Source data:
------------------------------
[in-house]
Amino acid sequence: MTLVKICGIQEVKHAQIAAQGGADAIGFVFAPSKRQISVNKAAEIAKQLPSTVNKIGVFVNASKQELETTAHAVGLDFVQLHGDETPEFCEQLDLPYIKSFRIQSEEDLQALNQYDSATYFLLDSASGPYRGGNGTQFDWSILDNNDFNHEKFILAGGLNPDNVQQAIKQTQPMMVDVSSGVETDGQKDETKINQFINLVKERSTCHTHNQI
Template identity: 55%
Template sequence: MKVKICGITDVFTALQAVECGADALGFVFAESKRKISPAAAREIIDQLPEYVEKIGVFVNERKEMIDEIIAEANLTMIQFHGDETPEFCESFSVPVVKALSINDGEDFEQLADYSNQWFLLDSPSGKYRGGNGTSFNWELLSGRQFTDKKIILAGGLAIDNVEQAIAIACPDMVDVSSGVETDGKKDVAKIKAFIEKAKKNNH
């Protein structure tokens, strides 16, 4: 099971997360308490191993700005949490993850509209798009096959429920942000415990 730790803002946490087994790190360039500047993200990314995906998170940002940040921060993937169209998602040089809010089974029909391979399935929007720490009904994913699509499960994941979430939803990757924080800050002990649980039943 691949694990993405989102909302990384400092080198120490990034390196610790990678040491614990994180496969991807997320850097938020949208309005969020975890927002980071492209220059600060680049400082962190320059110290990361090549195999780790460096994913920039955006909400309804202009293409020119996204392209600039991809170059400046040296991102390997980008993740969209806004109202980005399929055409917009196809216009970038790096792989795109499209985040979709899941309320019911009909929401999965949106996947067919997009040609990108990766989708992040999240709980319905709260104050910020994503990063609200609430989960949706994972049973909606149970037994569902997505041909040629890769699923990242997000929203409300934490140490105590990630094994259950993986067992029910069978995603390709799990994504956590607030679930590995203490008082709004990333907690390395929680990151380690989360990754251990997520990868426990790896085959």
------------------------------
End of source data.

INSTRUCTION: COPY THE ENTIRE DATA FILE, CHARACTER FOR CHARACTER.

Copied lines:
[in-house]
Amino acid sequence: MTLVKICGIQEVKHAQIAAQGGADAIGFVFAPSKRQISVNKAAEIAKQLPSTVNKIGVFVNASKQELETTAHAVGLDFVQLHGDETPEFCEQLDLPYIKSFRIQSEEDLQALNQYDSATYFLLDSASGPYRGGNGTQFDWSILDNNDFNHEKFILAGGLNPDNVQQAIKQTQPMMVDVSSGVETDGQKDETKINQFINLVKERSTCHTHNQI
Template identity: 55%
Template sequence: MKVKICGITDVFTALQAVECGADALGFVFAESKRKISPAAAREIIDQLPEYVEKIGVFVNERKEMIDEIIAEANLTMIQFHGDETPEFCESFSVPVVKALSINDGEDFEQLADYSNQWFLLDSPSGKYRGGNGTSFNWELLSGRQFTDKKIILAGGLAIDNVEQAIAIACPDMVDVSSGVETDGKKDVAKIKAFIEKAKKNNH
């Protein structure tokens, strides 16, 4: 099971997360308490191993700005949490993850509209798009096959429920942000415990 730790803002946490087994790190360039500047993200990314995906998170940002940040921060993937169209998602040089809010089974029909391979399935929007720490009904994913699509499960994941979430939803990757924080800050002990649980039943 691949694990993405989102909302990384400092080198120490990034390196610790990678040491614990994180496969991807997320850097938020949208309005969020975890927002980071492209220059600060680049400082962190320059110290990361090549195999780790460096994913920039955006909400309804202009293409020119996204392209600039991809170059400046040296991102390997980008993740969209806004109202980005399929055409917009196809216009970038790096792989795109499209985040979709899941309320019911009909929401999965949106996947067919997009040609990108990766989708992040999240709980319905709260104050910020994503990063609200609430989960949706994972049973909606149970037994569902997505041909040629890769699923990242997000929203409300934490140490105590990630094994259950993986067992029910069978995603390709799990994504956590607030679930590995203490008082709004990333907690390395929680990151380690989360990754251990997520990868426990790896085959």